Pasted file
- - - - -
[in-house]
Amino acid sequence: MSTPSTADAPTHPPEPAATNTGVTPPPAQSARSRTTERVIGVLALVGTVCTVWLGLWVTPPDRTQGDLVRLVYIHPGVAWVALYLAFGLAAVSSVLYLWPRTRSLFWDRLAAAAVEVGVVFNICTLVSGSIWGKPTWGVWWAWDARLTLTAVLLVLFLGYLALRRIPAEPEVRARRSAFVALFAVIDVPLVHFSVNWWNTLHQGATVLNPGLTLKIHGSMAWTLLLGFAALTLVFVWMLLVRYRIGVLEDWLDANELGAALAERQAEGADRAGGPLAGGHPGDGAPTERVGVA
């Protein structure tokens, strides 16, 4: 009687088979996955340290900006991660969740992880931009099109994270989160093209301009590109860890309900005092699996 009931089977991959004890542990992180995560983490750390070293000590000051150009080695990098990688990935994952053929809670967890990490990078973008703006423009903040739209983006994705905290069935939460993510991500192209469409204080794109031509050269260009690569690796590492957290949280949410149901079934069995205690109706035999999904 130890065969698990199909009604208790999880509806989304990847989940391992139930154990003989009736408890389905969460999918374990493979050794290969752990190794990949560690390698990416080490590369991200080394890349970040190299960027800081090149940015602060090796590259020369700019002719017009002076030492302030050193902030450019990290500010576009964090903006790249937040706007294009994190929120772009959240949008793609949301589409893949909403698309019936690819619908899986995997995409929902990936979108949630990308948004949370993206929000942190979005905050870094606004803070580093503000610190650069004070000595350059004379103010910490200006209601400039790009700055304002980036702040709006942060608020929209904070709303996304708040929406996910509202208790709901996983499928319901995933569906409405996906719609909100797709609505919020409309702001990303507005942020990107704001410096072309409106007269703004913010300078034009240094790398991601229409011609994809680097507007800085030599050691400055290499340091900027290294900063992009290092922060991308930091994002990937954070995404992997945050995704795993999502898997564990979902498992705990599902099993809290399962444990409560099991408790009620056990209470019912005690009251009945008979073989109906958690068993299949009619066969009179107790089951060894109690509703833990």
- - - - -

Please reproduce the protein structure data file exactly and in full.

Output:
[in-house]
Amino acid sequence: MSTPSTADAPTHPPEPAATNTGVTPPPAQSARSRTTERVIGVLALVGTVCTVWLGLWVTPPDRTQGDLVRLVYIHPGVAWVALYLAFGLAAVSSVLYLWPRTRSLFWDRLAAAAVEVGVVFNICTLVSGSIWGKPTWGVWWAWDARLTLTAVLLVLFLGYLALRRIPAEPEVRARRSAFVALFAVIDVPLVHFSVNWWNTLHQGATVLNPGLTLKIHGSMAWTLLLGFAALTLVFVWMLLVRYRIGVLEDWLDANELGAALAERQAEGADRAGGPLAGGHPGDGAPTERVGVA
């Protein structure tokens, strides 16, 4: 009687088979996955340290900006991660969740992880931009099109994270989160093209301009590109860890309900005092699996 009931089977991959004890542990992180995560983490750390070293000590000051150009080695990098990688990935994952053929809670967890990490990078973008703006423009903040739209983006994705905290069935939460993510991500192209469409204080794109031509050269260009690569690796590492957290949280949410149901079934069995205690109706035999999904 130890065969698990199909009604208790999880509806989304990847989940391992139930154990003989009736408890389905969460999918374990493979050794290969752990190794990949560690390698990416080490590369991200080394890349970040190299960027800081090149940015602060090796590259020369700019002719017009002076030492302030050193902030450019990290500010576009964090903006790249937040706007294009994190929120772009959240949008793609949301589409893949909403698309019936690819619908899986995997995409929902990936979108949630990308948004949370993206929000942190979005905050870094606004803070580093503000610190650069004070000595350059004379103010910490200006209601400039790009700055304002980036702040709006942060608020929209904070709303996304708040929406996910509202208790709901996983499928319901995933569906409405996906719609909100797709609505919020409309702001990303507005942020990107704001410096072309409106007269703004913010300078034009240094790398991601229409011609994809680097507007800085030599050691400055290499340091900027290294900063992009290092922060991308930091994002990937954070995404992997945050995704795993999502898997564990979902498992705990599902099993809290399962444990409560099991408790009620056990209470019912005690009251009945008979073989109906958690068993299949009619066969009179107790089951060894109690509703833990």